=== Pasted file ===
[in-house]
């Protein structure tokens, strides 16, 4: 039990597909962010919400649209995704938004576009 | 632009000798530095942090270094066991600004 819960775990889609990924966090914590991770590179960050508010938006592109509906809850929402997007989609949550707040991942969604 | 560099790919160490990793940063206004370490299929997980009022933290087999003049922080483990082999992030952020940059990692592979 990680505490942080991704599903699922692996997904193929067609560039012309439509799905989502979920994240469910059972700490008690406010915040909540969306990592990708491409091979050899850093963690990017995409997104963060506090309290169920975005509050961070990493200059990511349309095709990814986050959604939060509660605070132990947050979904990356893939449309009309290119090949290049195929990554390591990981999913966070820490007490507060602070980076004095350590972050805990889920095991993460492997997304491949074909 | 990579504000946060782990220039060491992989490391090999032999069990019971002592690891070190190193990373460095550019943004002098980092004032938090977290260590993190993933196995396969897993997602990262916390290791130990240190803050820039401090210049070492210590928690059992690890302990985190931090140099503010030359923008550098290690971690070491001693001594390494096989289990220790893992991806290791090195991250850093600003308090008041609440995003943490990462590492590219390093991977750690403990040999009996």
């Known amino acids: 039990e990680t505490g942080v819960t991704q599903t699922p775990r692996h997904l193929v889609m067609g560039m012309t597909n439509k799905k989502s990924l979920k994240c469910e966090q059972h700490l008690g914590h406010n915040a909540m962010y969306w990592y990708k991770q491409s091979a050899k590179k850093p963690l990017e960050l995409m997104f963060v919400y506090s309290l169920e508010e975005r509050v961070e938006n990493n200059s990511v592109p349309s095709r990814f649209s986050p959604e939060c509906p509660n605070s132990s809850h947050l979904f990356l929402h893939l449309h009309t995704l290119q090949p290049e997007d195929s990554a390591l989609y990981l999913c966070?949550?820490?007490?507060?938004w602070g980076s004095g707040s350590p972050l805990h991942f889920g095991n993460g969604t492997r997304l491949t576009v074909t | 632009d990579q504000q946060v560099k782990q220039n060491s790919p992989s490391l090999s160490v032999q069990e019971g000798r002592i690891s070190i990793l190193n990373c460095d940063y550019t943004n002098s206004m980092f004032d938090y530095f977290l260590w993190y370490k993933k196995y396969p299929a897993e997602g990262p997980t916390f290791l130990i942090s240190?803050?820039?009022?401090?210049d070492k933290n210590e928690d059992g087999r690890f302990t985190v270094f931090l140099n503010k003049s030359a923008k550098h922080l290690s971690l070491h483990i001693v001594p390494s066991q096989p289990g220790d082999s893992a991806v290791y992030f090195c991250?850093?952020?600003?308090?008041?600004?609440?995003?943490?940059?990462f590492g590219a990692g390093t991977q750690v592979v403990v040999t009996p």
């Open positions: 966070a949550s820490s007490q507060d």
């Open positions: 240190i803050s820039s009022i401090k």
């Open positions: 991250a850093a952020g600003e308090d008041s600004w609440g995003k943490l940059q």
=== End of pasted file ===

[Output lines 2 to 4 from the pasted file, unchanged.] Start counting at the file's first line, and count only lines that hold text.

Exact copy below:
């Protein structure tokens, strides 16, 4: 039990597909962010919400649209995704938004576009 | 632009000798530095942090270094066991600004 819960775990889609990924966090914590991770590179960050508010938006592109509906809850929402997007989609949550707040991942969604 | 560099790919160490990793940063206004370490299929997980009022933290087999003049922080483990082999992030952020940059990692592979 990680505490942080991704599903699922692996997904193929067609560039012309439509799905989502979920994240469910059972700490008690406010915040909540969306990592990708491409091979050899850093963690990017995409997104963060506090309290169920975005509050961070990493200059990511349309095709990814986050959604939060509660605070132990947050979904990356893939449309009309290119090949290049195929990554390591990981999913966070820490007490507060602070980076004095350590972050805990889920095991993460492997997304491949074909 | 990579504000946060782990220039060491992989490391090999032999069990019971002592690891070190190193990373460095550019943004002098980092004032938090977290260590993190993933196995396969897993997602990262916390290791130990240190803050820039401090210049070492210590928690059992690890302990985190931090140099503010030359923008550098290690971690070491001693001594390494096989289990220790893992991806290791090195991250850093600003308090008041609440995003943490990462590492590219390093991977750690403990040999009996």
């Known amino acids: 039990e990680t505490g942080v819960t991704q599903t699922p775990r692996h997904l193929v889609m067609g560039m012309t597909n439509k799905k989502s990924l979920k994240c469910e966090q059972h700490l008690g914590h406010n915040a909540m962010y969306w990592y990708k991770q491409s091979a050899k590179k850093p963690l990017e960050l995409m997104f963060v919400y506090s309290l169920e508010e975005r509050v961070e938006n990493n200059s990511v592109p349309s095709r990814f649209s986050p959604e939060c509906p509660n605070s132990s809850h947050l979904f990356l929402h893939l449309h009309t995704l290119q090949p290049e997007d195929s990554a390591l989609y990981l999913c966070?949550?820490?007490?507060?938004w602070g980076s004095g707040s350590p972050l805990h991942f889920g095991n993460g969604t492997r997304l491949t576009v074909t | 632009d990579q504000q946060v560099k782990q220039n060491s790919p992989s490391l090999s160490v032999q069990e019971g000798r002592i690891s070190i990793l190193n990373c460095d940063y550019t943004n002098s206004m980092f004032d938090y530095f977290l260590w993190y370490k993933k196995y396969p299929a897993e997602g990262p997980t916390f290791l130990i942090s240190?803050?820039?009022?401090?210049d070492k933290n210590e928690d059992g087999r690890f302990t985190v270094f931090l140099n503010k003049s030359a923008k550098h922080l290690s971690l070491h483990i001693v001594p390494s066991q096989p289990g220790d082999s893992a991806v290791y992030f090195c991250?850093?952020?600003?308090?008041?600004?609440?995003?943490?940059?990462f590492g590219a990692g390093t991977q750690v592979v403990v040999t009996p």
């Open positions: 966070a949550s820490s007490q507060d």